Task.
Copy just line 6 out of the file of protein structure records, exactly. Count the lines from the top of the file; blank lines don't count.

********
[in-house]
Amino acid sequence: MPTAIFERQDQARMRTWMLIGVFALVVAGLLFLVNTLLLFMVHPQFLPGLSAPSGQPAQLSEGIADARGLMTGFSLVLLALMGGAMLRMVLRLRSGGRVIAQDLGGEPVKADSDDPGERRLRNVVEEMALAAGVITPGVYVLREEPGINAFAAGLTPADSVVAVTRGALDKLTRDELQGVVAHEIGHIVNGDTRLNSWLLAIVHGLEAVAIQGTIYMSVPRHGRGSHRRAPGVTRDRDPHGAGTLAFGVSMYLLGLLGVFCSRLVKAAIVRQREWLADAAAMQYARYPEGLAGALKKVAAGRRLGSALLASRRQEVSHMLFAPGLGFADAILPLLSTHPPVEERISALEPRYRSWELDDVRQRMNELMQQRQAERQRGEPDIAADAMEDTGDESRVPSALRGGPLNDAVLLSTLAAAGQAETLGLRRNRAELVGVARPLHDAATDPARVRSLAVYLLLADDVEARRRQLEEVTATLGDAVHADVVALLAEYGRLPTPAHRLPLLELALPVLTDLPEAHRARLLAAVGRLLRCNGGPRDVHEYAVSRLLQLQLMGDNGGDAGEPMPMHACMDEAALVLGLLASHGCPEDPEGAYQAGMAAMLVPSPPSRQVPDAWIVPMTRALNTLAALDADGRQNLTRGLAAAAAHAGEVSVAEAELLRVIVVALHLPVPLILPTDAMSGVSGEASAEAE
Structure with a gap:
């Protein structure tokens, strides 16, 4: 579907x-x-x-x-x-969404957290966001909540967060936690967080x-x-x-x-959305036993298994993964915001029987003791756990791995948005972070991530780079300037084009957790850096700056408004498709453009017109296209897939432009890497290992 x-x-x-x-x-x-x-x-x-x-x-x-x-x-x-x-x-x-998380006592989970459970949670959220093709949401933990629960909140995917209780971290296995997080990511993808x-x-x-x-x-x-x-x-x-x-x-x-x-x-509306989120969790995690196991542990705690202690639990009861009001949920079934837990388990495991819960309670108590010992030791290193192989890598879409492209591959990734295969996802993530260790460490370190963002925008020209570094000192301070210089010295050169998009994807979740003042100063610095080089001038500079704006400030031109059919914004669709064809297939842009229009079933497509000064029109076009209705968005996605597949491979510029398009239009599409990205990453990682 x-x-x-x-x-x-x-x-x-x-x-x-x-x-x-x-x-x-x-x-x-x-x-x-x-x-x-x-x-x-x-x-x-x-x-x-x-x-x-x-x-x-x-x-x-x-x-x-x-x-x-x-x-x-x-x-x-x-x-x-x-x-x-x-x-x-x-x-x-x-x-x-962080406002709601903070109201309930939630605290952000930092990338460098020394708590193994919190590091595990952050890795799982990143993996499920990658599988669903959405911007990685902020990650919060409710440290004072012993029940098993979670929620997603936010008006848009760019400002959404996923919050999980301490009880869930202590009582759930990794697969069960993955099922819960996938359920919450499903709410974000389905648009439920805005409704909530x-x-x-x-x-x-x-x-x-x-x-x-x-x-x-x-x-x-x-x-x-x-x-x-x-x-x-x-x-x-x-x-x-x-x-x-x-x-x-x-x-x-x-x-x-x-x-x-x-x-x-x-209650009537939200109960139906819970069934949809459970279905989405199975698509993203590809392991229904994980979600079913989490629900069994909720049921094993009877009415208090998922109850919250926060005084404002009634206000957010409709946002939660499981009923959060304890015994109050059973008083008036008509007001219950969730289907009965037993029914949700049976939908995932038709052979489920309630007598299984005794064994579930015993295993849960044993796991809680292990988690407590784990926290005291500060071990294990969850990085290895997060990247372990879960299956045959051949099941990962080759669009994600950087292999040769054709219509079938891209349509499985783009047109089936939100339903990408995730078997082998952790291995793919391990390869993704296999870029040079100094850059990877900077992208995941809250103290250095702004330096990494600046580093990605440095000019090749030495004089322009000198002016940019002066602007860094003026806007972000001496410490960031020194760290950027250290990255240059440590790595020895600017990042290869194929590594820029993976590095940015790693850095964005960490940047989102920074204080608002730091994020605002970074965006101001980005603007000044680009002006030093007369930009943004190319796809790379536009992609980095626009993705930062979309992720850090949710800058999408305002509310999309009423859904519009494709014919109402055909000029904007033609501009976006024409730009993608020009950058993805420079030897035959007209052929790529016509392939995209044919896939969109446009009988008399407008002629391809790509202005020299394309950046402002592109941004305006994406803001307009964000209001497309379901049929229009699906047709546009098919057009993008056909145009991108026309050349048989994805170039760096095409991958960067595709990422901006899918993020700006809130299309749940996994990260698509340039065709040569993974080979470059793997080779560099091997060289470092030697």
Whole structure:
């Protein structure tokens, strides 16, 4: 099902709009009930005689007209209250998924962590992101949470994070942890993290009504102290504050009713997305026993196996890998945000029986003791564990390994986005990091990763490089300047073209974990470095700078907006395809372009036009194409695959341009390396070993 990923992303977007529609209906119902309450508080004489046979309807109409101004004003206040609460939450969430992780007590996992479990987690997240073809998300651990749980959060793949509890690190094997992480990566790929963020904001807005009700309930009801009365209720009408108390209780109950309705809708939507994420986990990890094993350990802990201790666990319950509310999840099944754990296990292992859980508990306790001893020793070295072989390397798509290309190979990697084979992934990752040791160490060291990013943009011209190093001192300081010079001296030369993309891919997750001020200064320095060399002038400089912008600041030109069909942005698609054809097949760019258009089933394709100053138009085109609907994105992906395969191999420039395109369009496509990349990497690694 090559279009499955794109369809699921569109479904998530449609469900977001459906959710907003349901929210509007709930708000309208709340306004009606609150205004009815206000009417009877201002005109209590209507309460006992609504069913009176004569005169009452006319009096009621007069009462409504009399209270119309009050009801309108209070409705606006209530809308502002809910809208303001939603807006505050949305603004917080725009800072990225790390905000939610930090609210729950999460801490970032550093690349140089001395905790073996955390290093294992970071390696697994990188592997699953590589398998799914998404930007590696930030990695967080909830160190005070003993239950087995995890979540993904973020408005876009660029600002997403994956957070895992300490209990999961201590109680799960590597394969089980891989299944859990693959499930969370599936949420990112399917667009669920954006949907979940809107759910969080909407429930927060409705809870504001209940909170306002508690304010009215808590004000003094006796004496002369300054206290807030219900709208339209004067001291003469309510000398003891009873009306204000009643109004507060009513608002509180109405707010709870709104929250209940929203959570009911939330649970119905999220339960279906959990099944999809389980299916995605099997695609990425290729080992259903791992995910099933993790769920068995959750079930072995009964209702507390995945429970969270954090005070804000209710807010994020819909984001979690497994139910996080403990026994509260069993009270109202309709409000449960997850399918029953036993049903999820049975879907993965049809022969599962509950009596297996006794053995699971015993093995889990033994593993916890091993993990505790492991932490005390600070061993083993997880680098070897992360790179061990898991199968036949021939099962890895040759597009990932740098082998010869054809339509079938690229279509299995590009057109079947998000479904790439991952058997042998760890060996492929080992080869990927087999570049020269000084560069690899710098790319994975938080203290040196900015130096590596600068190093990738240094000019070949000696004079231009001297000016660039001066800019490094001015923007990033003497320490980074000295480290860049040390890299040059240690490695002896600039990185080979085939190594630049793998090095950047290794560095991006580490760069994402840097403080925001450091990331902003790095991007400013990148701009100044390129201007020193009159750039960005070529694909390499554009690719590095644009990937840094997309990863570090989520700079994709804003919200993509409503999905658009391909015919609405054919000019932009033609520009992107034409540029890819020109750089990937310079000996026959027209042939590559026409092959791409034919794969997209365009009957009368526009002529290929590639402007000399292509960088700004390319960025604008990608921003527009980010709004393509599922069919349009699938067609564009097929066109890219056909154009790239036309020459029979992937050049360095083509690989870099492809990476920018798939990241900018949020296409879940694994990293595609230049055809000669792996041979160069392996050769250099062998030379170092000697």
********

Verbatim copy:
């Protein structure tokens, strides 16, 4: 099902709009009930005689007209209250998924962590992101949470994070942890993290009504102290504050009713997305026993196996890998945000029986003791564990390994986005990091990763490089300047073209974990470095700078907006395809372009036009194409695959341009390396070993 990923992303977007529609209906119902309450508080004489046979309807109409101004004003206040609460939450969430992780007590996992479990987690997240073809998300651990749980959060793949509890690190094997992480990566790929963020904001807005009700309930009801009365209720009408108390209780109950309705809708939507994420986990990890094993350990802990201790666990319950509310999840099944754990296990292992859980508990306790001893020793070295072989390397798509290309190979990697084979992934990752040791160490060291990013943009011209190093001192300081010079001296030369993309891919997750001020200064320095060399002038400089912008600041030109069909942005698609054809097949760019258009089933394709100053138009085109609907994105992906395969191999420039395109369009496509990349990497690694 090559279009499955794109369809699921569109479904998530449609469900977001459906959710907003349901929210509007709930708000309208709340306004009606609150205004009815206000009417009877201002005109209590209507309460006992609504069913009176004569005169009452006319009096009621007069009462409504009399209270119309009050009801309108209070409705606006209530809308502002809910809208303001939603807006505050949305603004917080725009800072990225790390905000939610930090609210729950999460801490970032550093690349140089001395905790073996955390290093294992970071390696697994990188592997699953590589398998799914998404930007590696930030990695967080909830160190005070003993239950087995995890979540993904973020408005876009660029600002997403994956957070895992300490209990999961201590109680799960590597394969089980891989299944859990693959499930969370599936949420990112399917667009669920954006949907979940809107759910969080909407429930927060409705809870504001209940909170306002508690304010009215808590004000003094006796004496002369300054206290807030219900709208339209004067001291003469309510000398003891009873009306204000009643109004507060009513608002509180109405707010709870709104929250209940929203959570009911939330649970119905999220339960279906959990099944999809389980299916995605099997695609990425290729080992259903791992995910099933993790769920068995959750079930072995009964209702507390995945429970969270954090005070804000209710807010994020819909984001979690497994139910996080403990026994509260069993009270109202309709409000449960997850399918029953036993049903999820049975879907993965049809022969599962509950009596297996006794053995699971015993093995889990033994593993916890091993993990505790492991932490005390600070061993083993997880680098070897992360790179061990898991199968036949021939099962890895040759597009990932740098082998010869054809339509079938690229279509299995590009057109079947998000479904790439991952058997042998760890060996492929080992080869990927087999570049020269000084560069690899710098790319994975938080203290040196900015130096590596600068190093990738240094000019070949000696004079231009001297000016660039001066800019490094001015923007990033003497320490980074000295480290860049040390890299040059240690490695002896600039990185080979085939190594630049793998090095950047290794560095991006580490760069994402840097403080925001450091990331902003790095991007400013990148701009100044390129201007020193009159750039960005070529694909390499554009690719590095644009990937840094997309990863570090989520700079994709804003919200993509409503999905658009391909015919609405054919000019932009033609520009992107034409540029890819020109750089990937310079000996026959027209042939590559026409092959791409034919794969997209365009009957009368526009002529290929590639402007000399292509960088700004390319960025604008990608921003527009980010709004393509599922069919349009699938067609564009097929066109890219056909154009790239036309020459029979992937050049360095083509690989870099492809990476920018798939990241900018949020296409879940694994990293595609230049055809000669792996041979160069392996050769250099062998030379170092000697």